High School Teams Compete in Rube Goldberg Nationals at Ferris

High school teams and their competition entries will visit Ferris State University’s Wink Arena on Saturday, March 19 for the High School National Competition of the Rube Goldberg Machine Contest.

High school teams from California, Georgia, Illinois, Indiana, Minnesota, Nebraska, New York, Texas and Wisconsin, all winners of their respective regional competitions, will present complex machines that perform the simple task of the 2011 challenge – watering a plant. They will be joined by Michigan’s own first-round winners from Rockford High School, whose machine entry “Welcome to the Jurassic Jungle” took Wink Arena by storm in the Feb. 12 regionals.

Rockford coach Ryan Whitmore explained that his team’s regional win was a real race to the finish. “For us, it really came together last minute. We only had two or three successful runs before the competition,” he said. The team’s fortunes improved with seven flawless operations of its machine in the first round. “Jurassic Jungle” reuses everyday items like fishing line, a mousetrap, a bucket and an action figure toy to complete its task – and to trigger a radio to play the group’s theme song during the run.

The New Auburn High School team of Wisconsin, which won the national title in 2005 and 2006, will bring a machine that uses a catapult, a baseball bat, a toy tank and a squirt gun. Also in contention is Maine South High School, one of two Illinois teams to win the right to compete in the national competition. Maine South has dominated in Argonne National Laboratory’s regional contest in 1996, 1999, 2007 and 2010. Traveling the furthest will be the Aliso Niguel High School team, which hails from Aliso Viejo, Calif. The Aliso Niguel team’s machine uses a chain reaction of toy ball collisions.

The Rube Goldberg Machine Contest, in which science clubs assemble overly elaborate machines to perform daily tasks, began at Purdue University in the 1940s. Based on the cartoons of Pulitzer Prize-winning designer, writer and artist Rube Goldberg, the competition rewards the most complex and creative machine to run without human intervention. Ferris’ College of Engineering Technology teams regularly proceed to the annual collegiate national competition at Purdue University and are expected to display their 2011 entry at the high school national event, as well.  Ferris’ 2007 team won the national prize, and its 2010 team won a Guinness World Record title for the largest functional machine.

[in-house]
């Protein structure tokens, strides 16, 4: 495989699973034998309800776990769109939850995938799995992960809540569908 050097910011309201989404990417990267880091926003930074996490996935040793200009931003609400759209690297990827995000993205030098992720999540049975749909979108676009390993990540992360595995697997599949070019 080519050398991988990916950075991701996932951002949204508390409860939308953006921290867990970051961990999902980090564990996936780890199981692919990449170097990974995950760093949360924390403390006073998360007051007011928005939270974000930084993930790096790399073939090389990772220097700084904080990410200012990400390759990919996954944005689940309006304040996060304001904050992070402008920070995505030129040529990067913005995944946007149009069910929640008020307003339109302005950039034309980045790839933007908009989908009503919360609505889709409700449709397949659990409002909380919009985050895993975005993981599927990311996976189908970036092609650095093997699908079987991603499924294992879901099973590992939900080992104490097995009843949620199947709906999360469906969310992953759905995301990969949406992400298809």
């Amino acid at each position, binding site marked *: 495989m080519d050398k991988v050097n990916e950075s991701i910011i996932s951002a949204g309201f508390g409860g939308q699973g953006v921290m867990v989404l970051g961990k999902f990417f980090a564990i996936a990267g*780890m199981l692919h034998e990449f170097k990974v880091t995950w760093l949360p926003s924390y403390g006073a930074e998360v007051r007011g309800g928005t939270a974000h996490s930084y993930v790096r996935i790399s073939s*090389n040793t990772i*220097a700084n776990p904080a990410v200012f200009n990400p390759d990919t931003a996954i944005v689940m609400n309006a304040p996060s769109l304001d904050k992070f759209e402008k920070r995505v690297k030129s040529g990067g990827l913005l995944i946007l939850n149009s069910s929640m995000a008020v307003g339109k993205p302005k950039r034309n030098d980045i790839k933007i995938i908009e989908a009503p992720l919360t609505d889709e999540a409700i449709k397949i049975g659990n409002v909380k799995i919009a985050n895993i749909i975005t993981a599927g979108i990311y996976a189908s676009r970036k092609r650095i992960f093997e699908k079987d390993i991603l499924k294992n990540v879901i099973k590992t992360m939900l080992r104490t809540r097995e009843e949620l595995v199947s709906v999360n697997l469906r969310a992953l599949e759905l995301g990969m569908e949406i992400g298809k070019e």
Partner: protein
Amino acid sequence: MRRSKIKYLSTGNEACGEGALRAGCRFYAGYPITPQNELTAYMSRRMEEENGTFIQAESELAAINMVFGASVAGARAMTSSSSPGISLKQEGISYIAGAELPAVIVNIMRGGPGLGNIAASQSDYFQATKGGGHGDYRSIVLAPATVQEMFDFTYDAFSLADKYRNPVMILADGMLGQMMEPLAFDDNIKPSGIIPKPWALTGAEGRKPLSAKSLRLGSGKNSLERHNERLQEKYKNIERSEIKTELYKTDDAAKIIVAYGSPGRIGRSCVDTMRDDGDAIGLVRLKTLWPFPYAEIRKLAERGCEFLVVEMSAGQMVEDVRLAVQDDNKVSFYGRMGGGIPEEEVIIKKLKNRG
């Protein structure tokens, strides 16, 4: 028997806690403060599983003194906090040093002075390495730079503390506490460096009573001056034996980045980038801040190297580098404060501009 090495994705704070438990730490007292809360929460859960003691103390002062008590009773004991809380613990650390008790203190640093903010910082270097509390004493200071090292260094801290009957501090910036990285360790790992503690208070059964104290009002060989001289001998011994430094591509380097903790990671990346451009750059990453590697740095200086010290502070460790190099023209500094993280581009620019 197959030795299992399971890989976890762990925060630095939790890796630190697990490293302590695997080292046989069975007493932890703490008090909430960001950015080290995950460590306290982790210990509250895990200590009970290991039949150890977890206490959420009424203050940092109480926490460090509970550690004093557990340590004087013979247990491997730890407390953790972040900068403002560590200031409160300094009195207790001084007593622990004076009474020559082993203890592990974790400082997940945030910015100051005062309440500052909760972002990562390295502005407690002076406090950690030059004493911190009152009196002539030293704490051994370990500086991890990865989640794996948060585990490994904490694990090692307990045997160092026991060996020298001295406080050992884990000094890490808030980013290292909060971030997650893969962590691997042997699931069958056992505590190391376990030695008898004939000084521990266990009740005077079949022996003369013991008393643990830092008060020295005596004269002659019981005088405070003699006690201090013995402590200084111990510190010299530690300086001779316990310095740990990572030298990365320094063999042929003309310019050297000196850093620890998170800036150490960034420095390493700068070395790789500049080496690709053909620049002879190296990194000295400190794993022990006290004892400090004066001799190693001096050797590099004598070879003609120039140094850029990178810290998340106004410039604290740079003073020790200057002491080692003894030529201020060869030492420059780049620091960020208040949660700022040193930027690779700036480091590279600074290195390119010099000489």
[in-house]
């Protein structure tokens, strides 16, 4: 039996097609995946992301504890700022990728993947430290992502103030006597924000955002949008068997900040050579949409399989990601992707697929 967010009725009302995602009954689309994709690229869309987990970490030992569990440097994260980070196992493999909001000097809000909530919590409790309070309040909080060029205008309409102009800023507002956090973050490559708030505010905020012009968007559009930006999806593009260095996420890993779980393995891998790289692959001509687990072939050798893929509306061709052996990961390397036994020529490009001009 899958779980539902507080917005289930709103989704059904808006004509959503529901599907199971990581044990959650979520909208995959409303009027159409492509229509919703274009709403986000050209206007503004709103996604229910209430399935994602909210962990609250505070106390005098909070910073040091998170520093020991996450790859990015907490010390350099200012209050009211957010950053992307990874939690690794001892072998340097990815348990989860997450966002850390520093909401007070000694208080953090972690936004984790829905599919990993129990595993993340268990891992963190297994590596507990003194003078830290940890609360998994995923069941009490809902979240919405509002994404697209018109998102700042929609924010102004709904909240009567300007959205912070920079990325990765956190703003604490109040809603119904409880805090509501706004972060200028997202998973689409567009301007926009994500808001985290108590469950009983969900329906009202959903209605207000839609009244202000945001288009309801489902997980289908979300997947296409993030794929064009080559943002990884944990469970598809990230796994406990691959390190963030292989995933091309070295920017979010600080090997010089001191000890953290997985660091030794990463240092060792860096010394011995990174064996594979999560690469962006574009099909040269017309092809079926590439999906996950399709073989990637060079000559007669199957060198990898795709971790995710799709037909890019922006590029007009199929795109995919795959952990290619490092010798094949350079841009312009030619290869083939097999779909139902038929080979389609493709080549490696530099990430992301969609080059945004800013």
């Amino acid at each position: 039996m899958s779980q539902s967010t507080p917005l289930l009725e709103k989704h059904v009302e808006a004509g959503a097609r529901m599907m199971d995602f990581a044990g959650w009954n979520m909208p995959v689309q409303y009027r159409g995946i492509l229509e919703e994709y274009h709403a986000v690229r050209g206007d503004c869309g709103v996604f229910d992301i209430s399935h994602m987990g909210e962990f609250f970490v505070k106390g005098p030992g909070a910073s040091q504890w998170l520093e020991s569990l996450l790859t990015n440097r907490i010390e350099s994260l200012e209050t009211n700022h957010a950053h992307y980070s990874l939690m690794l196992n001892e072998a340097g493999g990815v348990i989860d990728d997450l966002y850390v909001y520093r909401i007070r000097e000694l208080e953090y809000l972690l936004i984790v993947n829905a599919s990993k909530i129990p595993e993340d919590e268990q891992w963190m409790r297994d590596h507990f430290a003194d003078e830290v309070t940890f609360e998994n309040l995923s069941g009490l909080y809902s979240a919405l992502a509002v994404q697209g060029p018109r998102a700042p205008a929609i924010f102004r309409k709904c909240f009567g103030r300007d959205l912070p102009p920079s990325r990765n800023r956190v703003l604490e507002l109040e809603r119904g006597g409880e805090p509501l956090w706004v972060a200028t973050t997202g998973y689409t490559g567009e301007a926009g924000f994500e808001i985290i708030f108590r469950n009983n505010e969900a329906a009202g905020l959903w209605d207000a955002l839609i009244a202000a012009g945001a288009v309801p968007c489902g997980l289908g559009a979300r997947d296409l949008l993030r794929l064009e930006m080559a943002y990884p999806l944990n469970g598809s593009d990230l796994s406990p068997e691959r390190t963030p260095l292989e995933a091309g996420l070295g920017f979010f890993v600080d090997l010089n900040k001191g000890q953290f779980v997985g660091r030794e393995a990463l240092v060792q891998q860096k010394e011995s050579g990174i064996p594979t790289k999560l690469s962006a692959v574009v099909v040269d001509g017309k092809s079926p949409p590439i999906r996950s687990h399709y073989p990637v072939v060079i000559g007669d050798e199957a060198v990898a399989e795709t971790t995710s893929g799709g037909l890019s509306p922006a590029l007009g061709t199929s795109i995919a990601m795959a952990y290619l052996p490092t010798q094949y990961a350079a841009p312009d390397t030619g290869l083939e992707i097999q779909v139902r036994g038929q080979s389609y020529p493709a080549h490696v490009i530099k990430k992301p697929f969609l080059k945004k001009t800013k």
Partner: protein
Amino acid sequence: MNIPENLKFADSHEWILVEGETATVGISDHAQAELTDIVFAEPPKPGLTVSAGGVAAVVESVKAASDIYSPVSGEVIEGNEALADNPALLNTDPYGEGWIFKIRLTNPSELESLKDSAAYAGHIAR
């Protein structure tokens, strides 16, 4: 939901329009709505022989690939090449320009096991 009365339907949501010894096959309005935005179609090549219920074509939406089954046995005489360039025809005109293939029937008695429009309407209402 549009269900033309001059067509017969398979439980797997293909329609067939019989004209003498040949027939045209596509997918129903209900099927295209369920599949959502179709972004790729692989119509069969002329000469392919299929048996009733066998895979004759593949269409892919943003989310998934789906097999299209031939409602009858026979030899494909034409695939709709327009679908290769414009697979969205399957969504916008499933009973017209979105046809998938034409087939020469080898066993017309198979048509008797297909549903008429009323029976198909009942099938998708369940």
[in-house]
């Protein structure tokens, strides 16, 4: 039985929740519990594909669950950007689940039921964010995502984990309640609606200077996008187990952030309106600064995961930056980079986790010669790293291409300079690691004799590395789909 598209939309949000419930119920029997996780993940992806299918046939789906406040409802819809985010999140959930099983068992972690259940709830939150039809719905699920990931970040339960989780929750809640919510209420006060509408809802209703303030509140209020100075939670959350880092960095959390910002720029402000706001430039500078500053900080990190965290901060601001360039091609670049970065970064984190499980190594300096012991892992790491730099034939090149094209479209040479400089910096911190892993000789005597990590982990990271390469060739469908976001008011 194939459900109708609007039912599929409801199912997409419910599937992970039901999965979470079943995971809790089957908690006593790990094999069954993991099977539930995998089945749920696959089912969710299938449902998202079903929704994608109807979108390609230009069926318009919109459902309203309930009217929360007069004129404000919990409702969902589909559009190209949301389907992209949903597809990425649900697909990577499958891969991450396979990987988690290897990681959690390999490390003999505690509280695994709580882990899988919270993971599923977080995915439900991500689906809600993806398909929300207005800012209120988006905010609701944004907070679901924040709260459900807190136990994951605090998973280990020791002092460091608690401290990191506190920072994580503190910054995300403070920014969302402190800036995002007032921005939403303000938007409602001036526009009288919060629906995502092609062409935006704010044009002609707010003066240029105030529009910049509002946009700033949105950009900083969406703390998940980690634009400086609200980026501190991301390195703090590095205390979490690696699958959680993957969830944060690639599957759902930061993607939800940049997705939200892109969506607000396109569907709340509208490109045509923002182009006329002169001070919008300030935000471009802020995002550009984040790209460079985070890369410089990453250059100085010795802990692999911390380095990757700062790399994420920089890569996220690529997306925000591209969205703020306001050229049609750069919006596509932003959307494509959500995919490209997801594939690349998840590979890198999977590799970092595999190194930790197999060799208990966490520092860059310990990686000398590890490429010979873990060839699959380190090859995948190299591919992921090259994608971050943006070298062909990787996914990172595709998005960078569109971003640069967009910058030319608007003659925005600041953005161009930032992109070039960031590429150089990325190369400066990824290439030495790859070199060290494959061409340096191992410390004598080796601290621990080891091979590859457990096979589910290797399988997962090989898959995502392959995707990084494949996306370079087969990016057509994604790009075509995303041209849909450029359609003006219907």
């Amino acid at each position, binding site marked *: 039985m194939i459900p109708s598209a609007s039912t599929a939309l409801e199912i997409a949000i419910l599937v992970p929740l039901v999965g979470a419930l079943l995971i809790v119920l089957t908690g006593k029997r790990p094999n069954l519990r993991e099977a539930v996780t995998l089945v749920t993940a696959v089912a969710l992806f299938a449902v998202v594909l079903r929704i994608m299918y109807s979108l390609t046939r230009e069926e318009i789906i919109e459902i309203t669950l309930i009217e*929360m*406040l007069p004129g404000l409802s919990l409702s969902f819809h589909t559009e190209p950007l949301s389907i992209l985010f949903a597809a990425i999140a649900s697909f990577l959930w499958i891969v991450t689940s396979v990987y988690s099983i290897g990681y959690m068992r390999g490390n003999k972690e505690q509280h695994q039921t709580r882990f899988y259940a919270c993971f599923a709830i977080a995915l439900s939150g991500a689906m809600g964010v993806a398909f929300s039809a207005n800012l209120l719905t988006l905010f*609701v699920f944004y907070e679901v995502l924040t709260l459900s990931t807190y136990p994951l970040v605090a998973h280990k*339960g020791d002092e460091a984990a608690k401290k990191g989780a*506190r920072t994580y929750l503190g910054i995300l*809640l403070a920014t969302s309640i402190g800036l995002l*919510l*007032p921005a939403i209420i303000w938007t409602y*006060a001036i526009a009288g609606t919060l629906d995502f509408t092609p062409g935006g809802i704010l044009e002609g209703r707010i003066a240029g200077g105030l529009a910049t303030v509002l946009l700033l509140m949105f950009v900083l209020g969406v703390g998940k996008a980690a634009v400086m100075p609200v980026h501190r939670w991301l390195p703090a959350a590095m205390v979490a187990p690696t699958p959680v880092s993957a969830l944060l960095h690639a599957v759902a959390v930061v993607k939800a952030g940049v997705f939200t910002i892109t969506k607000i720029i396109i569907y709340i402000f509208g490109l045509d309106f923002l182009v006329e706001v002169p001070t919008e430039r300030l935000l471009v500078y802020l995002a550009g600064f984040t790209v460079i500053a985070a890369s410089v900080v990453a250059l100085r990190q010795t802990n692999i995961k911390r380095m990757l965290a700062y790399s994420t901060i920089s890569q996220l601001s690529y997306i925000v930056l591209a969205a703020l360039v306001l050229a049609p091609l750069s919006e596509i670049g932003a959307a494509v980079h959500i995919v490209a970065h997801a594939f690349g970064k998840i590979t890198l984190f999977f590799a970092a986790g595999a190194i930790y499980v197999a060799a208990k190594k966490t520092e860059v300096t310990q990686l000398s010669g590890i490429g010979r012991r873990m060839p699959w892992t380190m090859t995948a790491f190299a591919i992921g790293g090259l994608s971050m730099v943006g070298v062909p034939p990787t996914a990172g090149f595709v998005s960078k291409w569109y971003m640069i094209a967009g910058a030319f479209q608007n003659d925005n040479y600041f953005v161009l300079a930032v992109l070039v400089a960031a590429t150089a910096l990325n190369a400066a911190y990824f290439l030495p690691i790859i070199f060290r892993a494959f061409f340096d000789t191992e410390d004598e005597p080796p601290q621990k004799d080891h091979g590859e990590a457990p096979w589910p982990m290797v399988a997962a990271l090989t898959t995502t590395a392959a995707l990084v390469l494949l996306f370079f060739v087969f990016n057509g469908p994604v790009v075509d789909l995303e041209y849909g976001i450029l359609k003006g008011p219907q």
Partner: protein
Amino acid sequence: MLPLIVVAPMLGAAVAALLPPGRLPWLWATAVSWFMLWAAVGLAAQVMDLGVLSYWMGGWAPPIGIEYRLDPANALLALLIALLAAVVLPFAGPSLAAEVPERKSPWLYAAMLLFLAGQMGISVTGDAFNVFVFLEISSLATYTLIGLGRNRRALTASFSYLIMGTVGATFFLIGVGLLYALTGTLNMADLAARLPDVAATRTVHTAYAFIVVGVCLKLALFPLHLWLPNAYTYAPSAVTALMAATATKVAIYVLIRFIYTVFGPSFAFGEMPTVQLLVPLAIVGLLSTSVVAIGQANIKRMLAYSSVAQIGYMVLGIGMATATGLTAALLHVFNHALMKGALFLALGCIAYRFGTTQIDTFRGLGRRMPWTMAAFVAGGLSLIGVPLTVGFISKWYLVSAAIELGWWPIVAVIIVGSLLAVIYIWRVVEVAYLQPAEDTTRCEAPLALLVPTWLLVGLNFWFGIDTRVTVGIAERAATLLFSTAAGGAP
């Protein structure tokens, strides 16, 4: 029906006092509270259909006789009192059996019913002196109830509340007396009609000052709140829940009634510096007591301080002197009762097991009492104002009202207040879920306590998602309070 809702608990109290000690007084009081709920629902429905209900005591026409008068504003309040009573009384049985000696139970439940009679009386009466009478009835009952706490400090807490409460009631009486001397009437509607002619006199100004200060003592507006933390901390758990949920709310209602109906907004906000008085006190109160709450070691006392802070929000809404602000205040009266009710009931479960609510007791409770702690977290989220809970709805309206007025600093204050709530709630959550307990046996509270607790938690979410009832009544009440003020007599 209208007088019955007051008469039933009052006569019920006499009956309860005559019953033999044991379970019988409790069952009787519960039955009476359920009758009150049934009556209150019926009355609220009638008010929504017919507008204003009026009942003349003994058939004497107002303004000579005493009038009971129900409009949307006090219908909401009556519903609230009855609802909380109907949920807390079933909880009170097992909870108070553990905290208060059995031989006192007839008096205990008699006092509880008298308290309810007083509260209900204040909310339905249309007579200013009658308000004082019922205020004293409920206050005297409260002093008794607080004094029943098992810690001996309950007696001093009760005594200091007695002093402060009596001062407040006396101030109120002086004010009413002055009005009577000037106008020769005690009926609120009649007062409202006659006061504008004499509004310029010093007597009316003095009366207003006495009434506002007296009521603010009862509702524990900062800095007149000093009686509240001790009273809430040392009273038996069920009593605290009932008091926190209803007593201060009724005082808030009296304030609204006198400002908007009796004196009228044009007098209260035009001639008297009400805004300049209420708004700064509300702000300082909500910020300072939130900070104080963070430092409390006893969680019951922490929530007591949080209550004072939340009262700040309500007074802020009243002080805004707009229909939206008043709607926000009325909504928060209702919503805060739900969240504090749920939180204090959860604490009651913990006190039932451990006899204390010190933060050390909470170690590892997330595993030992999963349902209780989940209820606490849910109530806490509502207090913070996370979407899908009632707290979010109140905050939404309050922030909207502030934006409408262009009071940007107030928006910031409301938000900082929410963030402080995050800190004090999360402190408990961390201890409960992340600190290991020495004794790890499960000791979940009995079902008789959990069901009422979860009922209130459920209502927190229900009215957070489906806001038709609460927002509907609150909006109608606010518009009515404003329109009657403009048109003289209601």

Tom Hollen, chairperson of the regional and national high school events, is also the Ferris team’s coach for the college competition. He explained that he values the confidence that Rube Goldberg contest participation inspires in local students at the high school and college levels. “My favorite part of the contest is success and recognition for local students,” he said. “That even though our schools may be smaller, students’ education is so good that they can compete at a national level.”

“The Rube Goldberg competition is a wonderful opportunity for students and teachers to collaborate on problem-based learning,” added Ferris President David Eisler, who attended the competition. “We’ve watched this program grow at FSU and received great recognition for it. It’s wonderful to host the high school event on campus.”

Ferris State University is a four-year public university with campuses in Big Rapids, Grand Rapids and satellite campuses across the state. Ferris offers more than 180 educational programs, including doctorates, master’s, bachelor’s and associate degrees, through nine academic colleges: Allied Health Sciences, Arts and Sciences, Business, Education and Human Services, Michigan College of Optometry, Pharmacy, Engineering Technology, Kendall College of Art and Design, and the College of Professional and Technological Studies. Ferris also has a University College that provides students with instruction in study skills, reading, career exploration and features an Honors Program.

16 March, 2011